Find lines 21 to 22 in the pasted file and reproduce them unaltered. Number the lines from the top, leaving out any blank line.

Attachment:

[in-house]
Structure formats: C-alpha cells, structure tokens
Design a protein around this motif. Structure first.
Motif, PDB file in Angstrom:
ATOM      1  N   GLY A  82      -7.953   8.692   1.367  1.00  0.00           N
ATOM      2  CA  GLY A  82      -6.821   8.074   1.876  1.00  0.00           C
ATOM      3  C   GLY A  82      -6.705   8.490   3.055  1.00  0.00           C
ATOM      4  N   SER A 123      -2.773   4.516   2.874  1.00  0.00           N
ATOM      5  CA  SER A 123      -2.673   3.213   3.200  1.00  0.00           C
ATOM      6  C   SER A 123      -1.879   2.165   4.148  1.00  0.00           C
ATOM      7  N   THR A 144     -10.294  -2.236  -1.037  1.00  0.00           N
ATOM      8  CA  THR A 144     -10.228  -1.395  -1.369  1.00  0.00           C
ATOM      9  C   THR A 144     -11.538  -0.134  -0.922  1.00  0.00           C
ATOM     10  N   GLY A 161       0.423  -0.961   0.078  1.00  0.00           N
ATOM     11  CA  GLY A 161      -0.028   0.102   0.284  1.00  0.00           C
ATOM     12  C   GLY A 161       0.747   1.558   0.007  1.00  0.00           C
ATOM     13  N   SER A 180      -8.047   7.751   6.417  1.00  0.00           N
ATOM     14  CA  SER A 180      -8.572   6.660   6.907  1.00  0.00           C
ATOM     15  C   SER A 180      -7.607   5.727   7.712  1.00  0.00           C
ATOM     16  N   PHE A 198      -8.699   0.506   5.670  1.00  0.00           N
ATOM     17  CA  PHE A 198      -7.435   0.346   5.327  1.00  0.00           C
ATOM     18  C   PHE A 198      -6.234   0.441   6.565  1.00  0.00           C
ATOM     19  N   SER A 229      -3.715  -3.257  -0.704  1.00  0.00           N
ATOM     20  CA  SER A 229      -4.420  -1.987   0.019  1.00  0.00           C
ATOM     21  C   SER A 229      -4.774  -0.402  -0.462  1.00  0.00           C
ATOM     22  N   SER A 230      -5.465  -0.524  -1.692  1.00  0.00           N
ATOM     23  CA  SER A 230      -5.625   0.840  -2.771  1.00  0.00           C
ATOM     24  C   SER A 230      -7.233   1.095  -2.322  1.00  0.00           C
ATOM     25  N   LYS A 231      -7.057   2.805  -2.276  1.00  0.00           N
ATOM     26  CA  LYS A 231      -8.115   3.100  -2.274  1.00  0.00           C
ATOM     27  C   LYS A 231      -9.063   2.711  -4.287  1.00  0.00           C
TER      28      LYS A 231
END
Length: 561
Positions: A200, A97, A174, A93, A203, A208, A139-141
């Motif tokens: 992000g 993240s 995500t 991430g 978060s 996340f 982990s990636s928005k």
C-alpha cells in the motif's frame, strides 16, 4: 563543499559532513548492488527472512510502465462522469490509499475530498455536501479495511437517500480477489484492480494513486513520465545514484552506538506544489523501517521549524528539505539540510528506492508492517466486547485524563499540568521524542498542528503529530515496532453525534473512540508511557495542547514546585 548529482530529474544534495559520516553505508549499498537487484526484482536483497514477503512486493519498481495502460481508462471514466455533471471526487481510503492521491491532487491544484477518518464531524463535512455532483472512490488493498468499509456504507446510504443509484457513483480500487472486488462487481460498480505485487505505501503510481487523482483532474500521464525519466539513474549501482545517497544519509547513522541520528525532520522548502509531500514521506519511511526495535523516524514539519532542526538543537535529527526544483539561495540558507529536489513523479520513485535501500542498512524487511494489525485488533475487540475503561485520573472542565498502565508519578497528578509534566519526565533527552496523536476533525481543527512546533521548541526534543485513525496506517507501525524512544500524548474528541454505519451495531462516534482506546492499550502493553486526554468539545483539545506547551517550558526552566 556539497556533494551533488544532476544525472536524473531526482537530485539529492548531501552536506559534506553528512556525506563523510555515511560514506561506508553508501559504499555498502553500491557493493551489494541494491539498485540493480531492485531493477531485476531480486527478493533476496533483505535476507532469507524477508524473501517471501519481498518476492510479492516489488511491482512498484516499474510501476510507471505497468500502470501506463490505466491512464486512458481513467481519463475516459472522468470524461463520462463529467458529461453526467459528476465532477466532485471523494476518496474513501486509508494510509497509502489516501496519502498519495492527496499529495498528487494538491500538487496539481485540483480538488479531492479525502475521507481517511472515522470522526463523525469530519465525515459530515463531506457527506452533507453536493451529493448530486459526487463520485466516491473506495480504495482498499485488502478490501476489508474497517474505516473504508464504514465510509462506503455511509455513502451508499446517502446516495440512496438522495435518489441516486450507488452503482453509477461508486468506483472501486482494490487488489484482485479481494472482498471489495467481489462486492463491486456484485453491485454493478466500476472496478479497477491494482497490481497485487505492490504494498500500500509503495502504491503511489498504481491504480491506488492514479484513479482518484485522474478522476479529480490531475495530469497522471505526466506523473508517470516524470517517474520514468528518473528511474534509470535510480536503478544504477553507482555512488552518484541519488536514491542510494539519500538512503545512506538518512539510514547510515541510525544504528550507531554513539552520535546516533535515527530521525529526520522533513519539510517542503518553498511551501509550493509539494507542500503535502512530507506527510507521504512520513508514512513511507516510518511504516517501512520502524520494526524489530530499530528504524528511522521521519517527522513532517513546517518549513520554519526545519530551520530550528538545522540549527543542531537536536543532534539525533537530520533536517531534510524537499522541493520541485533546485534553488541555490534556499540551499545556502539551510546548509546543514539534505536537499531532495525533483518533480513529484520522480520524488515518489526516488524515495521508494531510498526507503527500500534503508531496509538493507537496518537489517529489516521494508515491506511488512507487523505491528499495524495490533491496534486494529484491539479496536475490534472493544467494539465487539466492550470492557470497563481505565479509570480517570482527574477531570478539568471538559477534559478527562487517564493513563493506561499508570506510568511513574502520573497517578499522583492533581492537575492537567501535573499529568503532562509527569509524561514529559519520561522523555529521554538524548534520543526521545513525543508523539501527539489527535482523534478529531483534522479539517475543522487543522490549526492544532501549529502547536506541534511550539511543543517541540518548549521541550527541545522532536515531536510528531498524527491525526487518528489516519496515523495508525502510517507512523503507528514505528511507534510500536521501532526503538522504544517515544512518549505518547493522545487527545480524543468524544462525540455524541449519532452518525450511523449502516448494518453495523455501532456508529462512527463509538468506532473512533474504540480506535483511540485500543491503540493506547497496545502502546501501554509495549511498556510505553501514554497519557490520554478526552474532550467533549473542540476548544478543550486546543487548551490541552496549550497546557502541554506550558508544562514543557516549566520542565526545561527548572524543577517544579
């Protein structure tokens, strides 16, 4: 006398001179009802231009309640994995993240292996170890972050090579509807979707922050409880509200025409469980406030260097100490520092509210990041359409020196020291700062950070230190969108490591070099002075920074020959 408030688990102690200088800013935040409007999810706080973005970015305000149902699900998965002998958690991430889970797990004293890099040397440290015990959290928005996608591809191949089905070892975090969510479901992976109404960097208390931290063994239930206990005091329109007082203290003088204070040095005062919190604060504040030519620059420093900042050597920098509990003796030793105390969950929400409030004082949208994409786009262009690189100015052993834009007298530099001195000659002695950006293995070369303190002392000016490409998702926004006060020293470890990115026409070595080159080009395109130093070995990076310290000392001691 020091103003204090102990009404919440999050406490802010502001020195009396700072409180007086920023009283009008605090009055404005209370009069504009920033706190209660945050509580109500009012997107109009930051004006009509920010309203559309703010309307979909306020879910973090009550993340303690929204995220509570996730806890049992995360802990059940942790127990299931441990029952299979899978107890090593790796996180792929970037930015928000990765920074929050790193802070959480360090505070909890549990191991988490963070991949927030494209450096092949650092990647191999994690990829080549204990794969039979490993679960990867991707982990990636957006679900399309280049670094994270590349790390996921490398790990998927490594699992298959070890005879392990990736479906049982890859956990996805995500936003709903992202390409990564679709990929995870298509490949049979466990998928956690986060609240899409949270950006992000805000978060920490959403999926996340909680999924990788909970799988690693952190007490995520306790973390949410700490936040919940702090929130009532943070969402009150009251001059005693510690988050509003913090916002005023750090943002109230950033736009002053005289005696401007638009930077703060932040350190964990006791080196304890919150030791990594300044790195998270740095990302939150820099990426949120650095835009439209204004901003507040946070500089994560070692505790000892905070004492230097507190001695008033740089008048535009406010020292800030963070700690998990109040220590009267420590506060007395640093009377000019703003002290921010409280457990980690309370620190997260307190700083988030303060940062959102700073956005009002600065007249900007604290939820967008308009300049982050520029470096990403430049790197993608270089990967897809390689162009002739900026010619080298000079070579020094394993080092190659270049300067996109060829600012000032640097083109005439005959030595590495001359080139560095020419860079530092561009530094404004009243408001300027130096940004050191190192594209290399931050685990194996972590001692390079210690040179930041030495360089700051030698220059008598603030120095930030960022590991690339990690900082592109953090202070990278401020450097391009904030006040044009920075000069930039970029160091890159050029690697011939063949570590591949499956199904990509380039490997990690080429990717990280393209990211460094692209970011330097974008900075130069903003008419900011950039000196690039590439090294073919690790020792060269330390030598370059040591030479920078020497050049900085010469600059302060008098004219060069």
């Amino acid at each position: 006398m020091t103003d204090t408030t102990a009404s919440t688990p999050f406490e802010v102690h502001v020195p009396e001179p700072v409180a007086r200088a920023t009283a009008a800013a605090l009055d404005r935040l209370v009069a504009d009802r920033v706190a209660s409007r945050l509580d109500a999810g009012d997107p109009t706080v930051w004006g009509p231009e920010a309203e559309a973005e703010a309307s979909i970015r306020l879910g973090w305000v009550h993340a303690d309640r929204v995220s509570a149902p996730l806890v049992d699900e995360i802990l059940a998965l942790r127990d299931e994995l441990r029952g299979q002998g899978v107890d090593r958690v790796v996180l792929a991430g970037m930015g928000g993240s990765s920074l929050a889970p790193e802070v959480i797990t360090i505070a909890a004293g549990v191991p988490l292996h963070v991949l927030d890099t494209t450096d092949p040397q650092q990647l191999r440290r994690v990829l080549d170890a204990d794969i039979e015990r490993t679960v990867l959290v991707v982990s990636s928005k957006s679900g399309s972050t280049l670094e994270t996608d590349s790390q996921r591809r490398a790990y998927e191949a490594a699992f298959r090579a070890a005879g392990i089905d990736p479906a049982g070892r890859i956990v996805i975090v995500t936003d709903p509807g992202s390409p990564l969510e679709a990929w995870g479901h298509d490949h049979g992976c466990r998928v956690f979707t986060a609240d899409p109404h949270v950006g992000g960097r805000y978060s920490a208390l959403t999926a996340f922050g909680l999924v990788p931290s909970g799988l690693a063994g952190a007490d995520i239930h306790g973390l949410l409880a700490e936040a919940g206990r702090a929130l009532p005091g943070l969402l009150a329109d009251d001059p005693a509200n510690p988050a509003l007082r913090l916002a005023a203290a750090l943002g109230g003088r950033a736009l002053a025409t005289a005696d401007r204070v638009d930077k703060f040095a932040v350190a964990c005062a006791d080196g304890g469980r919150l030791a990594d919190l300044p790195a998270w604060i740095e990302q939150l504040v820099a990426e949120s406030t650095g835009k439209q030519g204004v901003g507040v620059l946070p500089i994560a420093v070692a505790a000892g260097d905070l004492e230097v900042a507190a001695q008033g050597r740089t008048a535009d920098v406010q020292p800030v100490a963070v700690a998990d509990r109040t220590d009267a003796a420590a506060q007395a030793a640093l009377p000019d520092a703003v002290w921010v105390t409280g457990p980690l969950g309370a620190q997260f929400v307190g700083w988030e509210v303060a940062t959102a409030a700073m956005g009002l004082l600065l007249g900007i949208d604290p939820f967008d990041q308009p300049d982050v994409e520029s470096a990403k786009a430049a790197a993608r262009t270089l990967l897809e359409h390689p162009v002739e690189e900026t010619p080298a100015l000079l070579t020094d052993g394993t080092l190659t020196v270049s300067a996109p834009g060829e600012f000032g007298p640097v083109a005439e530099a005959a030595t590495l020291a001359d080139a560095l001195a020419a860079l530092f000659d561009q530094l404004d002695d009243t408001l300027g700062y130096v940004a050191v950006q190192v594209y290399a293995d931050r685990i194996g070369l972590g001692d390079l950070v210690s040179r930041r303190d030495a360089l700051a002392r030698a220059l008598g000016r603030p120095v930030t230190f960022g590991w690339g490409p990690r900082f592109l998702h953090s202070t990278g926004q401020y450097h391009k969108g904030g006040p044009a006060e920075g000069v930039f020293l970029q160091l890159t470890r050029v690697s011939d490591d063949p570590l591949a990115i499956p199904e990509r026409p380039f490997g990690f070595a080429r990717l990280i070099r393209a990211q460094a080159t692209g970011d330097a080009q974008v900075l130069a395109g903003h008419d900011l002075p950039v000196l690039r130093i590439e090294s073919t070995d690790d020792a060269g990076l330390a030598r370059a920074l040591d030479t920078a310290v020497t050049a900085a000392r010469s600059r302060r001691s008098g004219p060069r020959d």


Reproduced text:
ATOM     17  CA  PHE A 198      -7.435   0.346   5.327  1.00  0.00           C
ATOM     18  C   PHE A 198      -6.234   0.441   6.565  1.00  0.00           C